UBS shares drop after report U.S. DOJ probing Credit Suisse over Russian sanctions evasion

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Shares of UBS Group AG came under pressure on Wednesday after a report that the U.S. Justice Department suspects Credit Suisse helped Russian clients evade sanctions and may be looking at compliance failures at its new parent company.

Citing sources, Bloomberg News said subpoenas at one point sent to multiple banks were now focused on the Swiss bank, Credit Suisse which was taken over by UBS earlier this year. Those sources said the Justice Department was in the early stages of its investigation and that the outcome may be neither charges or a settlement, but that UBS


lawyers in the U.S. had been briefed on Credit Suisse’s potential exposure to violations.

UBS purchased Credit Suisse earlier this year for more than $3 billion with the government’s backing. The combined Swiss bank reported a blowout net profit of $28.88 billion in the second quarter, from $2.11 billion in the previous quarter, mostly due to negative goodwill from the Credit Suisse purchase.

The sources said the Justice Department wanted to use that historic merger to advance its probe into Credit Suisse, and had been growing impatient after getting no answers from either Swiss bank over how accounts of sanctioned clients such as Russia were handled. The probe covers sanctions linked to the 2022 Russia invasion of Ukraine and from 2014 when Russia annexed Crimea.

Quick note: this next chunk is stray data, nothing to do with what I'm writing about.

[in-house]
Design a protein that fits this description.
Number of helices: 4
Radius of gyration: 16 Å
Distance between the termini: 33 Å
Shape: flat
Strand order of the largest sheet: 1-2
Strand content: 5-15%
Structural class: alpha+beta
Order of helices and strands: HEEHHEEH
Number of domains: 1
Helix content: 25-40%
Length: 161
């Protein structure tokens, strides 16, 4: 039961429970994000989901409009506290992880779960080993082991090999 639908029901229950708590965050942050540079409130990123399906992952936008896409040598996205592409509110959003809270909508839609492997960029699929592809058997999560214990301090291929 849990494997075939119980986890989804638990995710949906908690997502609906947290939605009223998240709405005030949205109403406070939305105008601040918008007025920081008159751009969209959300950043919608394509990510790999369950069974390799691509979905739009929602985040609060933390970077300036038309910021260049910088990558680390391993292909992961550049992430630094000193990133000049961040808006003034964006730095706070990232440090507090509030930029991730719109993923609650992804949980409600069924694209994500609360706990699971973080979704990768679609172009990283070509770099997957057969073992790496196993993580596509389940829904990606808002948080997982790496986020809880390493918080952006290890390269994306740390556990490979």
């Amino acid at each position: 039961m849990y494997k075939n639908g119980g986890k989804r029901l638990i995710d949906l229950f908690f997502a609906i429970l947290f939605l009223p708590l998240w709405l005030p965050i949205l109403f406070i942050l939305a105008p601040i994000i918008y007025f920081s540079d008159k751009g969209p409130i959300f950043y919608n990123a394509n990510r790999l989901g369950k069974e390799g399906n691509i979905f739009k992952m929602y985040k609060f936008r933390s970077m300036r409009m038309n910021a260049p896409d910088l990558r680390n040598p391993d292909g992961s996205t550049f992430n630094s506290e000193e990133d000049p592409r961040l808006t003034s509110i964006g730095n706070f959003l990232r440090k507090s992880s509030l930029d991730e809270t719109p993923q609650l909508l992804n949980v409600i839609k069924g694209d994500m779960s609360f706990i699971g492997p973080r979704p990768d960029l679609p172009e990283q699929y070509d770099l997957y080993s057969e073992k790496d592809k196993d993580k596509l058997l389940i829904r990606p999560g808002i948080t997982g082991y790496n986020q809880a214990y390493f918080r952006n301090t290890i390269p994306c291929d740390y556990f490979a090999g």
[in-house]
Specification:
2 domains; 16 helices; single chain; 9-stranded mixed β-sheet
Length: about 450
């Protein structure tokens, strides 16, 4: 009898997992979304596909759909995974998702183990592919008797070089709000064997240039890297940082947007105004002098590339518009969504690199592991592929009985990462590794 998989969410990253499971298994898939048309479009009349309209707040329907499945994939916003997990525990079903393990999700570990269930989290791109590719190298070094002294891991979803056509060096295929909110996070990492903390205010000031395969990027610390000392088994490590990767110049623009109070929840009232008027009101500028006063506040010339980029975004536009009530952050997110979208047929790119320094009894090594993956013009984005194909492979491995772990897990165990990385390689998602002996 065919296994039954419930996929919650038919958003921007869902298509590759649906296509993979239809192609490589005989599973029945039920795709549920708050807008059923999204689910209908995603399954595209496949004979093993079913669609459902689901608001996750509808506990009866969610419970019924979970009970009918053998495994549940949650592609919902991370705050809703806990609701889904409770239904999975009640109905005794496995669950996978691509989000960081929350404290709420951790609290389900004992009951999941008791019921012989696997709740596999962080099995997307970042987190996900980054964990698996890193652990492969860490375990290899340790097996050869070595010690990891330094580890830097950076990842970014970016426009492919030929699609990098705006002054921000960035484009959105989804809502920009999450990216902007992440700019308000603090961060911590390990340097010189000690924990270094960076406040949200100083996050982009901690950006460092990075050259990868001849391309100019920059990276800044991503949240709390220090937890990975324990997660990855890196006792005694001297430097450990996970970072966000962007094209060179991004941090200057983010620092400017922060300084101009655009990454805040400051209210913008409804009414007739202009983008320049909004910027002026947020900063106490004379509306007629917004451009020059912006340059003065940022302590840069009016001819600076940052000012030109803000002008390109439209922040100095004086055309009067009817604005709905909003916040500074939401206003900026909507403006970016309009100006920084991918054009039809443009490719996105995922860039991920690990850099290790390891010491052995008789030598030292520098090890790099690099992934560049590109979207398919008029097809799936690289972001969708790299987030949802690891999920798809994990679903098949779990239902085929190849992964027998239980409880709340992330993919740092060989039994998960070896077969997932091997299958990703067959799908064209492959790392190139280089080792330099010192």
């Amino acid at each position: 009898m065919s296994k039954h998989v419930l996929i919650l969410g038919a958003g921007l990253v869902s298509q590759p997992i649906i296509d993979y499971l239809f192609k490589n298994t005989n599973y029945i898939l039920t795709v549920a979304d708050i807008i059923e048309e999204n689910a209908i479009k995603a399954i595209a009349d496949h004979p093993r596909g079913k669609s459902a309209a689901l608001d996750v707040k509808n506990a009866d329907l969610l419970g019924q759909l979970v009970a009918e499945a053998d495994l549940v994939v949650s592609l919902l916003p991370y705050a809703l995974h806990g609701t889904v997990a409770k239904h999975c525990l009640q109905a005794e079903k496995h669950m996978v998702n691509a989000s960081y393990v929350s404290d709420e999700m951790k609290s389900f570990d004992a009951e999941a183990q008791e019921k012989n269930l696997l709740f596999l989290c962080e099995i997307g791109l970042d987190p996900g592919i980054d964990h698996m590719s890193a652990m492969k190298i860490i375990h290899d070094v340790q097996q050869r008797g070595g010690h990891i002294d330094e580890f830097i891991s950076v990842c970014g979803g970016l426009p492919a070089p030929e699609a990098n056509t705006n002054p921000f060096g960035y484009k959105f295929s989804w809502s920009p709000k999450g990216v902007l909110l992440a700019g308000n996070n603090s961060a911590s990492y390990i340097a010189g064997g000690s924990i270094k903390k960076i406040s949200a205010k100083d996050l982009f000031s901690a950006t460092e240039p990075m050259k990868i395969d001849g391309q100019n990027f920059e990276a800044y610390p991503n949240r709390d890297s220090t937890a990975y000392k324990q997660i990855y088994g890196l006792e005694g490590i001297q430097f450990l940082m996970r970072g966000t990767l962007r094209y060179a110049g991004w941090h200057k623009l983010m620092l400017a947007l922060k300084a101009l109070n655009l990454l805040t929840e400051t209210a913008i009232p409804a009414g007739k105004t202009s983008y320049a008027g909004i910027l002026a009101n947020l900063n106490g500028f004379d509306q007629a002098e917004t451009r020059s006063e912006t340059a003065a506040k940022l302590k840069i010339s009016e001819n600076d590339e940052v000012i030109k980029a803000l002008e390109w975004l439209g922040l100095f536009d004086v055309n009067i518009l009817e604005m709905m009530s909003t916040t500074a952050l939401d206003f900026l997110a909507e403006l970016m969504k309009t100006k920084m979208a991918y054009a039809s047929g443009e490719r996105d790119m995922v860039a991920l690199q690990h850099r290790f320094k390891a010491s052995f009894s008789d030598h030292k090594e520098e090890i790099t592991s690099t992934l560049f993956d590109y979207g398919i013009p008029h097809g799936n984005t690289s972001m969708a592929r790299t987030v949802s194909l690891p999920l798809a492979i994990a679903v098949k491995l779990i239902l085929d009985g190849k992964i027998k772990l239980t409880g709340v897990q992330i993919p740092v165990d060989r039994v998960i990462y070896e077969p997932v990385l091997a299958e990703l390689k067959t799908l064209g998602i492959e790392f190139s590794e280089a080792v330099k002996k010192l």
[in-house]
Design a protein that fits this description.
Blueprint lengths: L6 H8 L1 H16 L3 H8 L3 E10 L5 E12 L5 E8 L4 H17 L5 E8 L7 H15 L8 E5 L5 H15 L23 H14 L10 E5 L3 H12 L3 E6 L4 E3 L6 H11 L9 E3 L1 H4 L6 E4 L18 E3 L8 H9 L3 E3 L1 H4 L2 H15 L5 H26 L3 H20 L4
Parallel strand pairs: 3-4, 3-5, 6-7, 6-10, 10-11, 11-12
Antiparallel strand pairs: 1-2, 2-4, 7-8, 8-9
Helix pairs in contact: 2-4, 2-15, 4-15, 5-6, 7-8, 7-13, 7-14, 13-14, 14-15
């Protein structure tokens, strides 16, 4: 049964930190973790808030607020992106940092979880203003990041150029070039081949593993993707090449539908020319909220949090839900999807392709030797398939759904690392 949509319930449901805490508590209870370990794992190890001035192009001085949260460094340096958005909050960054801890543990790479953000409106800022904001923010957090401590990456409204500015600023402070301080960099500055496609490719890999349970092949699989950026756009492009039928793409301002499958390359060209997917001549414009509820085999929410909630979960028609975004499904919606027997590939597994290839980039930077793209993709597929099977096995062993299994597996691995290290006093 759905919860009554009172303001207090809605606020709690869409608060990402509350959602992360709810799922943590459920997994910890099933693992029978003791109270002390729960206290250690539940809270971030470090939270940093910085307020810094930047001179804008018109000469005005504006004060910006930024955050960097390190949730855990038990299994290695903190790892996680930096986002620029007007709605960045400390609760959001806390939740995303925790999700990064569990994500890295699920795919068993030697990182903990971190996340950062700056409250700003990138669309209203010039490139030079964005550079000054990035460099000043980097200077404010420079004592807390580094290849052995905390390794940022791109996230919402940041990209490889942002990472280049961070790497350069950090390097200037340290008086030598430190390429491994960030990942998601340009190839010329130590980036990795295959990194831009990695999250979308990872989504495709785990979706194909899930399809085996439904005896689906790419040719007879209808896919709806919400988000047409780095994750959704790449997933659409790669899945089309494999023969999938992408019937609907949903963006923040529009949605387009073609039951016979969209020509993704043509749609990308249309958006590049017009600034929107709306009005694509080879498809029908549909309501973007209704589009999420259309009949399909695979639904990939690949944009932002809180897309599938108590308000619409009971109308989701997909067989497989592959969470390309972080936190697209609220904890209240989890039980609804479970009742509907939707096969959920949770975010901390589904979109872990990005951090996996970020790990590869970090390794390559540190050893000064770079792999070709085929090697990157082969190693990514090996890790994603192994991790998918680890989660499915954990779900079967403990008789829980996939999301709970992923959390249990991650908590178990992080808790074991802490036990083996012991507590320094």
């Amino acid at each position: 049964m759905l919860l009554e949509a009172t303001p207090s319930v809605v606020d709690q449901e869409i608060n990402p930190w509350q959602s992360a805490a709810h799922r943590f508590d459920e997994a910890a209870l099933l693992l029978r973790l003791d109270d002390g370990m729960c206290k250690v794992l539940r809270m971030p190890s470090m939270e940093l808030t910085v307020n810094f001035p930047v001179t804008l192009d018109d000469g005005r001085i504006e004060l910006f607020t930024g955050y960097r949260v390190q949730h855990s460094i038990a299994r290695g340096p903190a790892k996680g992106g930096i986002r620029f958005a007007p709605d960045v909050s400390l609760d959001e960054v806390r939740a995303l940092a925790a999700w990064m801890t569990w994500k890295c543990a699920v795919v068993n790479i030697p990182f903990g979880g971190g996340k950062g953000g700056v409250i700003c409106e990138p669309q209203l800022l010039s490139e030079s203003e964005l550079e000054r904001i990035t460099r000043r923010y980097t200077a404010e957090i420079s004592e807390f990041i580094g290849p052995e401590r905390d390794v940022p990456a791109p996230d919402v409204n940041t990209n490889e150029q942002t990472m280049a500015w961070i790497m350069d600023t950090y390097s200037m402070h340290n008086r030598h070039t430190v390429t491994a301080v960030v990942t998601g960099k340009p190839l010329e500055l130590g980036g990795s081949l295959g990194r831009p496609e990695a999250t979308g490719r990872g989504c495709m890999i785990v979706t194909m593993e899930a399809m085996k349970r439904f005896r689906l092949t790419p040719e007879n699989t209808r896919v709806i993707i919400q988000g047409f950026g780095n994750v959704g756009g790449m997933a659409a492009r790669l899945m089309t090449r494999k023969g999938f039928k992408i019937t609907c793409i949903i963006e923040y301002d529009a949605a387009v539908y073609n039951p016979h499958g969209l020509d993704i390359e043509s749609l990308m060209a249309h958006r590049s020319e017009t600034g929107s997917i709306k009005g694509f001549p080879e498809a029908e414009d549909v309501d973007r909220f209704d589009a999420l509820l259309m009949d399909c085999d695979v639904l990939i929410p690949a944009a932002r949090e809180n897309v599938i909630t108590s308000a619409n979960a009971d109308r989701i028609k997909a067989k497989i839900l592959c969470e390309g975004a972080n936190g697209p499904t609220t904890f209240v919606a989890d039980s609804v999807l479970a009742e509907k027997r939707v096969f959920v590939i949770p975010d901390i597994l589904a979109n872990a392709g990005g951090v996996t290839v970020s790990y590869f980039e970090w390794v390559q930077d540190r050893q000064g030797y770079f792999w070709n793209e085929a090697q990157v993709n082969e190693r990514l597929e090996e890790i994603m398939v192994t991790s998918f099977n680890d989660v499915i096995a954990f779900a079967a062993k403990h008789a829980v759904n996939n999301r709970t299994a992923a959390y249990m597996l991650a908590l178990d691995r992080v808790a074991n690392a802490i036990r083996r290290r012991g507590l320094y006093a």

A lingering headache for UBS, Credit Suisse is also the subject of other probes by the U.S. department which is still trying to determine whether the bank helped U.S. clients hide their assets, years after it paid a settlement of $2.6 billion on tax evasion.

U.S. officials have viewed Switzerland as a country that isn’t aggressive enough when it comes to sanctions or money laundering enforcement. In the wake of Russia’s invasion of Ukraine in February 2022, an extensive list of western companies have left Russia, including BP

and McDonald’s
though some have found it costlier and trickier to exit as the war has dragged on. Some have stayed and others have reneged on initial promises to leave.

From the archives: Companies that exited Russia after its invasion of Ukraine are being rewarded with outsize stock-market returns, Yale study finds — and those that stayed are not

As for what kind of fine UBS could face, BNP Paribas was fined a hefty $8.9 billion for Illegally processing financial transactions for countries under U.S. sanctions in 2014. UBS has a market cap of nearly $80 billion, but lost about $2.8 billion of that via share losses on Wednesday.

UBS shares slid 3.3% on Wednesday, having gained 29% year to date.

A UBS spokesman declined to comment when contacted by MarketWatch, which also reached out to the Justice Department.


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